The Sacramento Bee, a California-based newspaper, has published dozens of articles on a local conservative House of Worship, Destiny Christian Church. Back in August of 2021, Hannah Holzer, a Sacramento Bee journalist, wrote an op-ed entitled “Destiny’s pastor preaches hate. The Rocklin church is a stain on Placer County.”
Hannah Holzer penned “Whether he is unhinged or purposely trying to draw attention to himself, [Pastor] Fairrington deserves to have his church’s tax-exempt status stripped away. The issue, however, is that his delusional preaching could harm other churches and religious institutions in the area.”
However, 15 minutes down the road is Loomis Basin Congregational United Church of Christ. One of their congregation members, Jen Brookover, is running for political office in Rocklin.
Hannah Holzer recently wrote an article about Loomis Basin entitled “In Placer County, one church is healing the community through radical acceptance.” The church has a social justice ministry in which it attends pro-choice political rallies and social justice events. The pastor speaks at pride events and participates in progressive campaigns. Rev. Casey regularly attacks conservative political leaders and pastors in Placer County.
On the Church website, it says they are fighting for a “woman’s right to choose” and against “placing the second amendment over people’s lives…” They continue to say that refusing to recognize marriage other than a man and woman is an injustice.
Hannah Holzer sang a different tune with Loomis Basin, saying that “Many congregants, especially newer and younger congregants at Loomis UCC, have left more conservative, traditionalist denominations for the progressive, liberal-mindedness of the UCC. The Loomis church, for example, is actively healing religious trauma within the community, partnering with Sacramento’s Parkside Community Church to run Intersections, a recovery group for ex-evangelicals and ex-fundamentalists.”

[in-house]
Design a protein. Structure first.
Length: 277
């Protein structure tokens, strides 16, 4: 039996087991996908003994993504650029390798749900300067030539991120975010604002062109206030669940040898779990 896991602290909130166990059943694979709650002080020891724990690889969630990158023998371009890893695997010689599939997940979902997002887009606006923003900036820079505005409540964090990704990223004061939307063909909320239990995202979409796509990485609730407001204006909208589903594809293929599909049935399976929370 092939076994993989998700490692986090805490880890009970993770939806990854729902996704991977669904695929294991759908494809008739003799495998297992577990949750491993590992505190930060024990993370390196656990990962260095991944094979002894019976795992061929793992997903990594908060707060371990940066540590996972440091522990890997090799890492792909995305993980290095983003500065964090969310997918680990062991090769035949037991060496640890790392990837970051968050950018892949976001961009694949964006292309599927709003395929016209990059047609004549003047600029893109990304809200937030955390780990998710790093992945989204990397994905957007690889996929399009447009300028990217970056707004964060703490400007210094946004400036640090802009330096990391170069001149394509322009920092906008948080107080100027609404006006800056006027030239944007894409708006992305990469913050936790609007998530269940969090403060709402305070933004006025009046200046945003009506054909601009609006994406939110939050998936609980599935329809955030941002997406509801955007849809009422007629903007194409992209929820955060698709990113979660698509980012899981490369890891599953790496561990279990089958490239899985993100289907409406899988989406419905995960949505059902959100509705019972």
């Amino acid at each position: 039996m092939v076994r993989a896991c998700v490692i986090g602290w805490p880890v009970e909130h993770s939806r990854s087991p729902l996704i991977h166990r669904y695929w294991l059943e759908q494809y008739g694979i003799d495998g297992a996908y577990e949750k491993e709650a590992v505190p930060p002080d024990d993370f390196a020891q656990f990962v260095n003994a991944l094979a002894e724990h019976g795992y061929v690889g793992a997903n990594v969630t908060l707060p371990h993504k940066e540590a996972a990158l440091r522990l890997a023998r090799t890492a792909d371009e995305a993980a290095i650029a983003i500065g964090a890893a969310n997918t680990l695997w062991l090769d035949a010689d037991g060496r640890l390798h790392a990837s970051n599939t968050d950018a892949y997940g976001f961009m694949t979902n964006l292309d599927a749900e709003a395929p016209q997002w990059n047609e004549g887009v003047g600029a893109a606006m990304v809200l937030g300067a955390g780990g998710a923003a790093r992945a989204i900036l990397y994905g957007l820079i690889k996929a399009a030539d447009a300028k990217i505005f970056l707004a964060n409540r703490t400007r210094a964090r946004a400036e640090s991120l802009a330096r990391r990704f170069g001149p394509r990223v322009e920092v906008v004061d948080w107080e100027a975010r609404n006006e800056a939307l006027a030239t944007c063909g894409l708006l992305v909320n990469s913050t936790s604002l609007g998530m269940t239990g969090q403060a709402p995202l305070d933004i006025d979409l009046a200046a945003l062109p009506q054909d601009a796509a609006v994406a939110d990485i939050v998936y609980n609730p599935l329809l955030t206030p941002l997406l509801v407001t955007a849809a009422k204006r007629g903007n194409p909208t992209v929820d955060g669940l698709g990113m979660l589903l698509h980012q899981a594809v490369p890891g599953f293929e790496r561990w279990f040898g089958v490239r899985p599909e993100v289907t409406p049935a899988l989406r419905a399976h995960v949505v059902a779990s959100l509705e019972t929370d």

The reality is that those who preach the Separation of Church and State reallymean the Separation of Conservative Church and State. Apparently, having a church that engages in social issues is only wrong when it doesn’t align with a certain political view.
The warped view of the Separation doctrine says those with religious convictions do not have the same right to engage in politics as those with secular moral standards.
Grudem combats this argument with the understanding that “The nature of a free society requires that people should be able to base their political convictions on whatever reasoning process and whatever authority they prefer, and they should be free to attempt to persuade others that their reasoning is correct.”
If a Christian politician introduces legislation to define marriage between a man and a woman— pundits claim it's a violation of the separation of church and state. However, if a State Assemblymember introduces legislation that forces taxpayers to pay for abortions, it’s progress.
The reality is that every social, cultural, and political pursuit is based on some moral standard, whether it be a religious or secular one.
Coercion is never the intent or desire of political engagement by people of faith. Compulsion is not the heart of the Church, the faith, or the teachings of Jesus. Using your religious convictions to vote, run for office, and enact policy doesn’t establish a religion or create a theocracy. Voting for laws that align with your personal convictions does not establish a religion.
However, those hostile to faith have created a fallacious campaign that accuses anyone with a Bible of pushing a theocratic, fascist movement in America.
Ronald Reagan said that “freedom prospers when religion is vibrant and the rule of law under God is acknowledged.”
There is a golden curtain between Church and State. But this divide is meant to prevent the government from knocking down the doors of the Church, not from people of religious conviction from exercising their civic duty.
Allow the Church to do what it does best — care for the poor and destitute, advocate for the marginalized and hurting, and champion policy that protects families, communities, and people of faith.